Since that's NOT RECOMMENDED, Let's Encrypt may at some point begin the process of removing keyEncipherment (of course, with plenty of warning). It may be prudent to plan that you may want to reconsider the way you use certificates here. Do you really need a publicly-trusted certificate tied to the key you're using for database encryption?


I resolved my issue by adding the argument --key-type rsa when renewing the certificate, using certbot 2.5.0.

certbot certonly --manual --preferred-challenges dns -d *.tendfor.net,tendfor.net --key-type rsa

Thank you to all who helped!

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@mcpherrinm Thank you for the information, will raise awareness internally.

No, I'm using a single certificate because it is possible and keeps things simpler for me (it is also used as a client auth certificate).

Manually renewing this one and installing it across our entire environment is hassle enough. (office nginx, multiple clients, multiple servers, Azure VMs).

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We highly recommend automating certificate renewal.


The X.509 keyEncipherment key usage field used to be set in the past for TLS server certificates, because RFC 2459 [+ later incarnations] requires it for key transport.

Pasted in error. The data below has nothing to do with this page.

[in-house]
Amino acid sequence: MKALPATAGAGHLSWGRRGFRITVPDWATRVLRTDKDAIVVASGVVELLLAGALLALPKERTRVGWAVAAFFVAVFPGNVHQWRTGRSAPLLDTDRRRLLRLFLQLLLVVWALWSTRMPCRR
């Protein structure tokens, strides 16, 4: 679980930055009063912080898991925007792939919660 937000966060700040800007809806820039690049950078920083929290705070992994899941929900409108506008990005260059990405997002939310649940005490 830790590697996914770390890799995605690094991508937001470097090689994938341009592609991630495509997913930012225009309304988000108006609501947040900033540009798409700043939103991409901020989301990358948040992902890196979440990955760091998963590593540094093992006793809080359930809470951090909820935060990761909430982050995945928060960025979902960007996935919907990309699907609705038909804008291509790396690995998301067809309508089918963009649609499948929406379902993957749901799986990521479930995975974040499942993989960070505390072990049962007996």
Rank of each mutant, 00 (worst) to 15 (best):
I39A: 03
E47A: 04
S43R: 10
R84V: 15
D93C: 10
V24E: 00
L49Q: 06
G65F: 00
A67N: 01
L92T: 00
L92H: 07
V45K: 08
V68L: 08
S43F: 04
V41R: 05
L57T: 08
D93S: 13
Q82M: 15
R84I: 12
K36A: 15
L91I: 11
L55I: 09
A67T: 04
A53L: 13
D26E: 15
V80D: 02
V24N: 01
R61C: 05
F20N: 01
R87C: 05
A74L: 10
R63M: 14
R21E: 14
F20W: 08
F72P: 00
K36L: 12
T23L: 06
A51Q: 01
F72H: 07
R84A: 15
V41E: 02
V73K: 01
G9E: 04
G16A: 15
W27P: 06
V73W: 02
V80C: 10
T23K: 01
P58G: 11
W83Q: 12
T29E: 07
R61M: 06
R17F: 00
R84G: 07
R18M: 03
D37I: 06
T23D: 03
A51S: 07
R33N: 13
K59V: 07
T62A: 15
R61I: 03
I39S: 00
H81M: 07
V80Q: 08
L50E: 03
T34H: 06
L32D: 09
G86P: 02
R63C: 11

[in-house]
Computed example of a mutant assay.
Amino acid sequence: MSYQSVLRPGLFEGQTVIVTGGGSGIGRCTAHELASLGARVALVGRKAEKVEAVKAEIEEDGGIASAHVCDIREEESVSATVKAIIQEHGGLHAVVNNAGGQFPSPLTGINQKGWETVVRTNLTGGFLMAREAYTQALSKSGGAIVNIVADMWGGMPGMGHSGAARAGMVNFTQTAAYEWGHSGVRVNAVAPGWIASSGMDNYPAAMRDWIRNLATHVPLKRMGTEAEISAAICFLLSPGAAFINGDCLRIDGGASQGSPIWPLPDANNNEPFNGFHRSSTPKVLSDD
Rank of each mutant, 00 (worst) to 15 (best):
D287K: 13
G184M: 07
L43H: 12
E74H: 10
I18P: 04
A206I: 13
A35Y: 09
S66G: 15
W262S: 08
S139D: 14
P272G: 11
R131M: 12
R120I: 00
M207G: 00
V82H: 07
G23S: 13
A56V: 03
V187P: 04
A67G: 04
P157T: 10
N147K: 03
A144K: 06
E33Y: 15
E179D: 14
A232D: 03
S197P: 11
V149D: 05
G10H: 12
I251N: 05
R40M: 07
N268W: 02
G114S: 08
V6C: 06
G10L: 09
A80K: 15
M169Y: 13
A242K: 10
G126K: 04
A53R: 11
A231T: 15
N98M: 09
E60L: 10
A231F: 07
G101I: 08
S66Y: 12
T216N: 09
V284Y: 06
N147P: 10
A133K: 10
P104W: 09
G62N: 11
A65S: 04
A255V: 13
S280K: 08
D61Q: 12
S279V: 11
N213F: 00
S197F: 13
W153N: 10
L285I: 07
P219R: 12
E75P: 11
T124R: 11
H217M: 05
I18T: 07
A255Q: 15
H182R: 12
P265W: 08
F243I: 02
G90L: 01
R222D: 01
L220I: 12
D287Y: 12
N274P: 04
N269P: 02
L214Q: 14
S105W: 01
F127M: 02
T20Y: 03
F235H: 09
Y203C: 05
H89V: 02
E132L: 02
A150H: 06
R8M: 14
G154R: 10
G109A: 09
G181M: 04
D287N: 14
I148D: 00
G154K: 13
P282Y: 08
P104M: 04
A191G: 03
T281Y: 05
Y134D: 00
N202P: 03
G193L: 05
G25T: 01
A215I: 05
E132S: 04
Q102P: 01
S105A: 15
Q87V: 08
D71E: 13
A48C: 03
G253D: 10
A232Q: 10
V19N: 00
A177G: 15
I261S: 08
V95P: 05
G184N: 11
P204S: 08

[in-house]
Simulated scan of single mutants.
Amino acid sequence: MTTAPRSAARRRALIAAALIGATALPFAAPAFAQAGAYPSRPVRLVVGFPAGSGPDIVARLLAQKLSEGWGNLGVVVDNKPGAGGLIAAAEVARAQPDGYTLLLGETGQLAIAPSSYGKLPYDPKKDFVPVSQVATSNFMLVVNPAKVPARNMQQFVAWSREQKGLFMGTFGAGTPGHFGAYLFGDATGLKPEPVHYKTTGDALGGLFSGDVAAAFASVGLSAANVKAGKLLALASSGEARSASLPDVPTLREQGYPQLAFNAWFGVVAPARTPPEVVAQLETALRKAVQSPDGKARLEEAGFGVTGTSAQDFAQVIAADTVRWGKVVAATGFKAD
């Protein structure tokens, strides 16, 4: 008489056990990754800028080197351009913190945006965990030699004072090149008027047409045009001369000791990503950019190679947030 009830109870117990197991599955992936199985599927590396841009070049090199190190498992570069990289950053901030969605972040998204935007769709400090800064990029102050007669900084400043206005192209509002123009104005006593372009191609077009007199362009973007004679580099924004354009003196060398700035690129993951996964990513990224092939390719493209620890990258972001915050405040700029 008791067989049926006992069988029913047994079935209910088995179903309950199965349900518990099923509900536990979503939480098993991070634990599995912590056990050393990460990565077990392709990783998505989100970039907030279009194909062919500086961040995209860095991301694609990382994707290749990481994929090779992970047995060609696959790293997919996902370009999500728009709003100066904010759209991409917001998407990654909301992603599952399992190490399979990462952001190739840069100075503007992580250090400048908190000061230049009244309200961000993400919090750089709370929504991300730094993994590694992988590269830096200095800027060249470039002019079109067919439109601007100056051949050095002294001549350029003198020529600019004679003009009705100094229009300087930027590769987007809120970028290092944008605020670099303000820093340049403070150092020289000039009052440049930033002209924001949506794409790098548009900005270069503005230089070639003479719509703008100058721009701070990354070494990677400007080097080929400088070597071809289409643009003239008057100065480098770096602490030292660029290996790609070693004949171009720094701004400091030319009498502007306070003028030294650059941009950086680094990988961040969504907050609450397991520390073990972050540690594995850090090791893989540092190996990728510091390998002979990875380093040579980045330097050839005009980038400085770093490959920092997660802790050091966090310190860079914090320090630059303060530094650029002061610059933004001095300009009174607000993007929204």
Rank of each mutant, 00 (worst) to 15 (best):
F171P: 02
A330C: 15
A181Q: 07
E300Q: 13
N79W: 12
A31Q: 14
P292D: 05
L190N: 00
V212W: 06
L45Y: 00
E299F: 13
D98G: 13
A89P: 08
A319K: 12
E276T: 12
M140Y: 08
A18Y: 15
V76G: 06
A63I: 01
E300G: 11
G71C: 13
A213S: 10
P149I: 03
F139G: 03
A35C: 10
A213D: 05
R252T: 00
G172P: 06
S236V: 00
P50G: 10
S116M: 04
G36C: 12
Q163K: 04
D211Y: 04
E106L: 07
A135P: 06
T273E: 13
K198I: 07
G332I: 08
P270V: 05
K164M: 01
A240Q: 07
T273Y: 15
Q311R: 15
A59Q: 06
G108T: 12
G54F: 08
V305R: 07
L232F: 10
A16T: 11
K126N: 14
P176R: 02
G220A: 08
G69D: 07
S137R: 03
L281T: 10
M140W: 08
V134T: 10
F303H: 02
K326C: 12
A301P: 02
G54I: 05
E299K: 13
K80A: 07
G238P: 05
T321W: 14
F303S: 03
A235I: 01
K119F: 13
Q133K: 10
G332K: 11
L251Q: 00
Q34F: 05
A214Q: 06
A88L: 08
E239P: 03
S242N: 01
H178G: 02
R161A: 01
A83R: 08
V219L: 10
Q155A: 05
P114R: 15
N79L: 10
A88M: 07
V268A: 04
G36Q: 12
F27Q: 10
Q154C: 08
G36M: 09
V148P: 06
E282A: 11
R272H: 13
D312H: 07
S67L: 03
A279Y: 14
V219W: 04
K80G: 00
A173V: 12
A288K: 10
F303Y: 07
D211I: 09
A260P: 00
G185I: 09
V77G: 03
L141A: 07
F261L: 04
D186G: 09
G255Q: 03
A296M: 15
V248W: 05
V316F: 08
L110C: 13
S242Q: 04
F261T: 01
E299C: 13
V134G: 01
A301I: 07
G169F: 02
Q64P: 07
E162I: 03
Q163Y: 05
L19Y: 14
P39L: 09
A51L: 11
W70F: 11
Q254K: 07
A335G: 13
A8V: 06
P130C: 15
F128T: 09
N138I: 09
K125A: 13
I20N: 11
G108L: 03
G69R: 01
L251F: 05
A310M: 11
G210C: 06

In the past, TLS has extensively used key transport mechanisms ("static RSA key exchange"). For example, in the very early SSLv2 days, static RSA key exchanges where the only supported key exchange method. Support for Diffie-Hellman key agreements were formally added with SSLv3.

The times have changed though and static RSA key exchanges have been long deprecated. They cannot provide perfect forward security, provide single point of randomness-failures, and are the root cause of the ever returning Bleichenbacher attacks (CCA2, DROWN, ROBOT, CAT, and many more...). Nowadays we have mostly moved off static RSA key exchanges and moved onto Diffie-Hellman based key agreements. TLSv1.3, the latest TLS version, has completly removed support for the legacy static RSA key exchanges.

Without the static RSA key exchange, the key encipherment key usage field is not required. Hence, if we don't want to support it anymore, removing it is fine from a technical perspective. Any modern TLS cipher suite configuration won't have this enabled anway.

The X.509 certificates provided by Let's Encrypt are intended only for TLS connections (as indicated in the extended key usage fields). Using them for any other purpose is against their intented usage, and is not what the root programs or Baseline Requirements curate them for. Hence using a Let's Encrypt certificate for data encryption is already a poor choice from the start and may cause both security risks and compatibility issues.

The ECDSA algorithm is indeed a signature algorithm (DSA = Digital Signature Algorithm), not a data encryption algorithm. Hence, encrypting data with ECDSA was never supported and there never was an ECC-based key transport algorithm in TLS. Therefore, setting the key encipherment field on ECDSA certificates would be technically wrong, and is consequently also forbidden by the BR's.